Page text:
The Department of Agriculture – working with bee associations in the Western Cape – has released a new strategy aimed at ensuring the sustainability of the bee population in the province.
The honeybee is as important to agriculture as water, land and air. According to the South African National Biodiversity Institute, more than 50 different crops in South Africa are reliant on insect pollination.
In the Western Cape, 50% of commercial bee keepers’ revenue currently comes from pollination services with the remaining 50% coming from the production of honey and other bee related products. The National Department of Agriculture, Forestry and Fisheries currently lists 130 000 managed colonies of bees and 1800 beekeepers on their records. About 70 000 of the colonies are based in the Western Cape. However, the numbers are thought to be much larger, because of unregistered colonies and bee keepers.
The current pollination needs required by bee dependent deciduous fruit crops are 65 000 pollination units – a demand currently being met.
This is forecast to grow by at least another 30 000 units over the next decade due to new cultivars and growth in agriculture. The seed industry is also forecast to increase demand for pollination units by 30 000 over the next decade, and berry growers, by another 20 000 units. In effect, the demand for pollination services is expected to double in the next decade.
However, the bee industry has identified several problems affecting bees, among them insufficient forage, disease, environmental hazards such as pollution and exposure to external factors such as fires and drought.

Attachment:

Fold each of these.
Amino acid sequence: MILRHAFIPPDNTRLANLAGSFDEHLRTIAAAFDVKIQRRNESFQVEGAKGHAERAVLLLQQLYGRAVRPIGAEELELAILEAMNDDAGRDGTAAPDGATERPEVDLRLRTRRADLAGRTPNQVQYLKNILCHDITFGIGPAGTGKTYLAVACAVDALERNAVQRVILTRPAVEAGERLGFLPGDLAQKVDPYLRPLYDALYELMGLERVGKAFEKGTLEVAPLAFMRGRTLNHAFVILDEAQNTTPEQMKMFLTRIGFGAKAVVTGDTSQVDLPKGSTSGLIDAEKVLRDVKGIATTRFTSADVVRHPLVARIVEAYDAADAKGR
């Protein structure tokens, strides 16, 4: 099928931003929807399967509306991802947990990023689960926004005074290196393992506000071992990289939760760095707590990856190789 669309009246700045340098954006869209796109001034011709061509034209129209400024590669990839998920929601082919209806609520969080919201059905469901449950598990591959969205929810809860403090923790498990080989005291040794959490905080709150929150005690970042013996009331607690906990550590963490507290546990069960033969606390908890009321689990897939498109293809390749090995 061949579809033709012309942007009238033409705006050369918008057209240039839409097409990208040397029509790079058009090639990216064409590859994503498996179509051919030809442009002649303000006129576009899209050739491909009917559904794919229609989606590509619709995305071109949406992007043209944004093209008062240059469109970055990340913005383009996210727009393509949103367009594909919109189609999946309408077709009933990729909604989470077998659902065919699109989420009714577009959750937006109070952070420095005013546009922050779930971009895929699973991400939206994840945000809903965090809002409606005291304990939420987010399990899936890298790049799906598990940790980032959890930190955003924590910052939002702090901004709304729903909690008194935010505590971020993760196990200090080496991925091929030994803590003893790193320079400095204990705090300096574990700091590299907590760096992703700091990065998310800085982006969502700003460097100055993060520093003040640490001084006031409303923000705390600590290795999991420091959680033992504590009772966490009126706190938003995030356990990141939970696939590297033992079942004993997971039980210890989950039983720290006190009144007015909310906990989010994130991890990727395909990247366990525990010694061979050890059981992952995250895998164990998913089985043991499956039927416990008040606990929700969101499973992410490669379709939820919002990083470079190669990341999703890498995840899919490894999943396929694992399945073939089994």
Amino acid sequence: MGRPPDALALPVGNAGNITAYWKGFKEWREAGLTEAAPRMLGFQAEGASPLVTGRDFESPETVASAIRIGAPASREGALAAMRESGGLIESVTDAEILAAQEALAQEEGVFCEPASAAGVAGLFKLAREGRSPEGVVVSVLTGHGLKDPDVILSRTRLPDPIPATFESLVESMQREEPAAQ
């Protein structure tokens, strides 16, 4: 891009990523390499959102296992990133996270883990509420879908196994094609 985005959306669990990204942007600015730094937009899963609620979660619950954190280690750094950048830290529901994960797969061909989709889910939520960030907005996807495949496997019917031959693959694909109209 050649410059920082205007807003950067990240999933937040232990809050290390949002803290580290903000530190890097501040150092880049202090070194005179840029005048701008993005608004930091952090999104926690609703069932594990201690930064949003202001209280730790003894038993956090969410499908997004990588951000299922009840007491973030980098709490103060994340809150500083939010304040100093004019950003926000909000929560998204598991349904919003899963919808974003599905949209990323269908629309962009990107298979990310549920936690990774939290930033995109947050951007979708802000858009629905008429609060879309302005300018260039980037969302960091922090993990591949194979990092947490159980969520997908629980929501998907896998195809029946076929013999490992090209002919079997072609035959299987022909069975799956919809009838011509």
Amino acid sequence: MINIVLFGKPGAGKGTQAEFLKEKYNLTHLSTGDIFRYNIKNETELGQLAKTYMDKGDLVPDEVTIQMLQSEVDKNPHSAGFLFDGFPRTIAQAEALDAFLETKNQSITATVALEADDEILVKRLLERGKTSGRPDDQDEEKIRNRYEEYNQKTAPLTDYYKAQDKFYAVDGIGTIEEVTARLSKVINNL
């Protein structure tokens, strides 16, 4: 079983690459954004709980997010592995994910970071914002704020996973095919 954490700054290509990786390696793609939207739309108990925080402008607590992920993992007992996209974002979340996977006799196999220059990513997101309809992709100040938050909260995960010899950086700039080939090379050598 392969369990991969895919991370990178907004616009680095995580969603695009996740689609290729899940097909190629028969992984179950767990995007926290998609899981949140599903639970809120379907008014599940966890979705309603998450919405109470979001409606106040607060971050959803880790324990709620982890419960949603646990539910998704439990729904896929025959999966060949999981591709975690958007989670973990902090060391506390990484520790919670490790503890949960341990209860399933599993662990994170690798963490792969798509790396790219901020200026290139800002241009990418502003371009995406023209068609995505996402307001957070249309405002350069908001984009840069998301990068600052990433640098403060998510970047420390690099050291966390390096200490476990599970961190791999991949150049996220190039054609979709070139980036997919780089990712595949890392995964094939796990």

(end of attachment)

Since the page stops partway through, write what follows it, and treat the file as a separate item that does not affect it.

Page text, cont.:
The new strategy aims to ensure the continued sustainability of the bee population.
The single largest concern is that there will not be enough forage for bees in the Western Cape. South Africa’s honeybee species rely on both indigenous and exotic species, like eucalyptus, flowering crops and suburban plants to provide forage sources year round. One major problem is that eucalyptus has been targeted by DAFF’s Working for Water programme because they are an alien invasive species. This has seen six species of the tree being targeted for removal, even in contexts where they pose no water threat.
The strategy proposes that a Bee Forage Commission be established, which will be composed of players from various provincial and national government departments as well as universities, and representatives from the bee industry. Among the projects this commission will undertake will be the development of a plant book exploring bee friendly plants, a campaign with nurseries to mark plants as “bee friendly” in much the same way some species are being marketed and sold as “water friendly”, and exploring the possibilities of a mass be forage planting project.
Minister of Economic Opportunities, Alan Winde welcomed the strategy and said “we need to take this document with its implementation plans and ensure that each goal sits with somebody who is going to make sure that it becomes a reality.”
Minister Winde said that a properly regulated and managed industry, had the potential to create jobs and expand the economy.
“The report shows that in South Africa, we import a lot of honey. South Africa has imported 2 000 tonnes of honey annually since 2010, and honey production has dropped to 40% of what it was in the 1980s. This is an agri-processing opportunity, to produce local honey, and honey-related products right here in the Western Cape,” he said.
Chairman of the Western Cape Bee Industry Association, Dr Tlou Masehela said “this is a good opportunity for us. This is a detailed plan and we now have a line of communication with the various government departments. This will require resources, and we must explore ways of getting those. The industry at large should really pull together and make this work.”